A recent study by researchers Ashton Anderson of Microsoft Research in New York, Jon Kleinberg of Cornell University in Ithaca, and Sendhil Mullainathan of Harvard University has shed light on the issue of decision-making and its errors. Using chess as a laboratory, and a dataset of 200 million chess games played by amateurs and another dataset with nearly one million games between grandmasters, the authors started from the premise that the error in a decision is related to three factors: the skill of the player, the time available for a play/ decision and the inherent difficulty of the decision.
After exhaustive analysis of the data, the researchers came to the conclusion that the most reliable prediction factor is the inherent degree of difficulty of the decision. The study invites us to discuss how errors occur in other fields. For example, is it the doctor’s experience or the difficulty of the case that can lead to an error in the diagnosis? Or would distracted drivers more prone to accidents than experienced drivers facing roads in dangerous conditions?
We could also ask: if the current environment is more difficult for those who make marketing and communication decisions (and for all leaders, in general) would it be necessary to create new strategic models to less complex the battlefield where the digital competition unfolds and, therefore, avoid mistakes? And what is the role of executive training and capability programs in this sense?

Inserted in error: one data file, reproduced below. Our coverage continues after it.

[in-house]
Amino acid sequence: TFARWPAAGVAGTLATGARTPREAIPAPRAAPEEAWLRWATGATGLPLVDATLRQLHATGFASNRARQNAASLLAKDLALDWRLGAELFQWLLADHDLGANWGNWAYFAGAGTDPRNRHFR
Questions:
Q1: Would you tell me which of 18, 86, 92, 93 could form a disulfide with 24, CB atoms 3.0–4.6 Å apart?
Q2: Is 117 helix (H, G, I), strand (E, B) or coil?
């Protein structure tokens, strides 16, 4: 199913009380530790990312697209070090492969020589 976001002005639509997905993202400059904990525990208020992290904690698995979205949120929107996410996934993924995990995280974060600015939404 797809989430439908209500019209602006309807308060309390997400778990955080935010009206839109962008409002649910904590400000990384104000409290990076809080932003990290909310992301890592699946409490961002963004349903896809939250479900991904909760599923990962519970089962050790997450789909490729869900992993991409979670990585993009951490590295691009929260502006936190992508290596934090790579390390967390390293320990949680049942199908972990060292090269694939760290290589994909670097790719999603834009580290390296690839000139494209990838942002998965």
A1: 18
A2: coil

Despite the experience you have, and the time you can take to make your decisions (and nowadays there is not much time …) new technologies create a much more difficult and uncertain scenario than usual. Consequently, I believe that the amount of errors in times of uncertainty must be high – to the point of taking a business to bankruptcy. This situation may explain the fatalistic approaches of Silicon Valley as the “fail fast, fail often” mantra popularised by Facebook, which for some is nothing more than an irresponsible hype. Or, simply, learn by trial and error. A lot of errors.
There is nothing wrong in accepting risks and all entrepreneur knows that. But, that does not mean looking for failures as a learning strategy. Maybe there are more effective and less painful methods. The use of data mining and predictive models in marketing could surely reduce the complexity of decision making, and perhaps a way to avoid easily identifiable failures. Perhaps, much better would be “be successful quickly, and stay in front,” as this article comments.